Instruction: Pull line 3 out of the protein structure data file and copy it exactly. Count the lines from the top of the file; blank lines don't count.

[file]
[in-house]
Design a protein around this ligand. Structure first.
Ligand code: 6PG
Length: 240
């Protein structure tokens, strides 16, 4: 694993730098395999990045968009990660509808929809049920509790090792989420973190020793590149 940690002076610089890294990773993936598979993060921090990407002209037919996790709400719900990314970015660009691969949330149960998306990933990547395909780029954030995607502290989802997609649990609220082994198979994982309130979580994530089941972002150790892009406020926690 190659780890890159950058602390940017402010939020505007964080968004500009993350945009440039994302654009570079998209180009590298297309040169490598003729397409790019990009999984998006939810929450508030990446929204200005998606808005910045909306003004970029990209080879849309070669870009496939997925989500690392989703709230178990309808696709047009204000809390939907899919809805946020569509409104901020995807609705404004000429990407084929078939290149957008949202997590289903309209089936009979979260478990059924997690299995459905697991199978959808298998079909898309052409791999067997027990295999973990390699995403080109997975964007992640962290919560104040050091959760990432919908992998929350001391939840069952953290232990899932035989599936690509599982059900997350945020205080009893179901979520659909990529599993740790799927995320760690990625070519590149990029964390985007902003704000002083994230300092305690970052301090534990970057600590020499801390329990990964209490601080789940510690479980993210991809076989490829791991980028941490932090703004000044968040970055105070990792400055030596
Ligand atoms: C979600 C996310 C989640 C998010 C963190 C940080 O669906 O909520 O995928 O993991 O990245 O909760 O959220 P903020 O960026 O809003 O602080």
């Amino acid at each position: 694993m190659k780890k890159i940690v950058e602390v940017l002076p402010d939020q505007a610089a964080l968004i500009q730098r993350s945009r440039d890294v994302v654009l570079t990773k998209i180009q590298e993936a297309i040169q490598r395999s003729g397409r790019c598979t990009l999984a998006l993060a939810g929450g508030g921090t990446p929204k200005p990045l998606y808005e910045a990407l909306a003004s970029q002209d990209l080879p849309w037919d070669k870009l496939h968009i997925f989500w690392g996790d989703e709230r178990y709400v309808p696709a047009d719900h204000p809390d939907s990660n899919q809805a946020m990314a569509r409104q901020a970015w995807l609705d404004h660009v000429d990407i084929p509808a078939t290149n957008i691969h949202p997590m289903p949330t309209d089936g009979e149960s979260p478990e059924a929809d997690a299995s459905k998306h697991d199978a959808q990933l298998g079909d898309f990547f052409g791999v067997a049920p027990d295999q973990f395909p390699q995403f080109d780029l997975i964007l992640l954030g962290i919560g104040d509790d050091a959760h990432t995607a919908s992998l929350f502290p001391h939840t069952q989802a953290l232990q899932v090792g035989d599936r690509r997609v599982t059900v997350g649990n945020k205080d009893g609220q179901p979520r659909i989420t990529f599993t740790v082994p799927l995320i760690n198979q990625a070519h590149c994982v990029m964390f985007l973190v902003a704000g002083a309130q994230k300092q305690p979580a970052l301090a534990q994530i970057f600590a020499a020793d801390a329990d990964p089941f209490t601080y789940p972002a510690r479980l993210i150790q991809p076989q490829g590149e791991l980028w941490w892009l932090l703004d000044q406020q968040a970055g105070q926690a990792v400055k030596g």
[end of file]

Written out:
Ligand code: 6PG